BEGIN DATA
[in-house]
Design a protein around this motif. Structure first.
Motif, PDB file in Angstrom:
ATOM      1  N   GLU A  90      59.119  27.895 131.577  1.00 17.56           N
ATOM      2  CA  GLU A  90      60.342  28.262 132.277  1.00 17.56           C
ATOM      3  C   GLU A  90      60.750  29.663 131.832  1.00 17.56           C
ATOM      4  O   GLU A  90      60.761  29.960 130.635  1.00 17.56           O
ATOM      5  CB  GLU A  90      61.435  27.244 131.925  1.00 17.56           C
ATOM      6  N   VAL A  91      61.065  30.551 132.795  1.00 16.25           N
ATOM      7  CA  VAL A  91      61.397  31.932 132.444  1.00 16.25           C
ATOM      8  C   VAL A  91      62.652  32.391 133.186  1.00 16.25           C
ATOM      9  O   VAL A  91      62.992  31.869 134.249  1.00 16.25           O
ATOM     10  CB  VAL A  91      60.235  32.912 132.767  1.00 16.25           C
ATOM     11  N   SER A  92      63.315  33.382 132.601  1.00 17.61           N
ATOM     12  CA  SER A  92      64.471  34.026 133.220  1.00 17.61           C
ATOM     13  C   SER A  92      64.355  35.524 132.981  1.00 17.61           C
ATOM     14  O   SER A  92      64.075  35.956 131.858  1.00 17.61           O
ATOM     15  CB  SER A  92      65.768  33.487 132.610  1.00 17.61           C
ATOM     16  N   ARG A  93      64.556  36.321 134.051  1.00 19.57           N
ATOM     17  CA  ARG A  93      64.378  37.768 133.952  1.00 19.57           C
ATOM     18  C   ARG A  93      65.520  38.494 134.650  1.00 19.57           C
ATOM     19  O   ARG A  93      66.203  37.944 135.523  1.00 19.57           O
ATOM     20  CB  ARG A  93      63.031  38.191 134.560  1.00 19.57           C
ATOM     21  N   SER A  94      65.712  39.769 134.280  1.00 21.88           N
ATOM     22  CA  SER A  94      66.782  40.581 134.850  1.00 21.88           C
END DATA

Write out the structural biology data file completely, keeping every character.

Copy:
[in-house]
Design a protein around this motif. Structure first.
Motif, PDB file in Angstrom:
ATOM      1  N   GLU A  90      59.119  27.895 131.577  1.00 17.56           N
ATOM      2  CA  GLU A  90      60.342  28.262 132.277  1.00 17.56           C
ATOM      3  C   GLU A  90      60.750  29.663 131.832  1.00 17.56           C
ATOM      4  O   GLU A  90      60.761  29.960 130.635  1.00 17.56           O
ATOM      5  CB  GLU A  90      61.435  27.244 131.925  1.00 17.56           C
ATOM      6  N   VAL A  91      61.065  30.551 132.795  1.00 16.25           N
ATOM      7  CA  VAL A  91      61.397  31.932 132.444  1.00 16.25           C
ATOM      8  C   VAL A  91      62.652  32.391 133.186  1.00 16.25           C
ATOM      9  O   VAL A  91      62.992  31.869 134.249  1.00 16.25           O
ATOM     10  CB  VAL A  91      60.235  32.912 132.767  1.00 16.25           C
ATOM     11  N   SER A  92      63.315  33.382 132.601  1.00 17.61           N
ATOM     12  CA  SER A  92      64.471  34.026 133.220  1.00 17.61           C
ATOM     13  C   SER A  92      64.355  35.524 132.981  1.00 17.61           C
ATOM     14  O   SER A  92      64.075  35.956 131.858  1.00 17.61           O
ATOM     15  CB  SER A  92      65.768  33.487 132.610  1.00 17.61           C
ATOM     16  N   ARG A  93      64.556  36.321 134.051  1.00 19.57           N
ATOM     17  CA  ARG A  93      64.378  37.768 133.952  1.00 19.57           C
ATOM     18  C   ARG A  93      65.520  38.494 134.650  1.00 19.57           C
ATOM     19  O   ARG A  93      66.203  37.944 135.523  1.00 19.57           O
ATOM     20  CB  ARG A  93      63.031  38.191 134.560  1.00 19.57           C
ATOM     21  N   SER A  94      65.712  39.769 134.280  1.00 21.88           N
ATOM     22  CA  SER A  94      66.782  40.581 134.850  1.00 21.88           C